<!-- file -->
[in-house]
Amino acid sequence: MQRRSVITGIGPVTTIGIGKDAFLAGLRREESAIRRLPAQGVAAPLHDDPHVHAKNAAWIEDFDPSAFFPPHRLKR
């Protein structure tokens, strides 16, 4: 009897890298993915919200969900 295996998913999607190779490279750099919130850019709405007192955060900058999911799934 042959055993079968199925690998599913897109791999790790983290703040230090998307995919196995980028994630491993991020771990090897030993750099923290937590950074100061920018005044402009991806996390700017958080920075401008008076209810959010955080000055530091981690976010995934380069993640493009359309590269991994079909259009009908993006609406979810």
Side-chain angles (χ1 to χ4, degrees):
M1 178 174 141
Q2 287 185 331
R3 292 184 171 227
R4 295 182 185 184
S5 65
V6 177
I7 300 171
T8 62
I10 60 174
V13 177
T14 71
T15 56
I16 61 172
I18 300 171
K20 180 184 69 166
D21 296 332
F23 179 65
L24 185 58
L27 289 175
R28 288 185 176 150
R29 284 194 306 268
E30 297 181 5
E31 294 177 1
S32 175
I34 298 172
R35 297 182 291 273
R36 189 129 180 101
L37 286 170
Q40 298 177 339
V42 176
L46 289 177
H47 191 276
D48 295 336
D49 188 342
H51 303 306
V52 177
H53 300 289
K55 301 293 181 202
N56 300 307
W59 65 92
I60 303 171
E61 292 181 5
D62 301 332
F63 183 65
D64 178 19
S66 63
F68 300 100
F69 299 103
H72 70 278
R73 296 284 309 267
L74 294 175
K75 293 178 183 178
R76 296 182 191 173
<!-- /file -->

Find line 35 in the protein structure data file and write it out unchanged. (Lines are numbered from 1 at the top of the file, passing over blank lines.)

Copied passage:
L46 289 177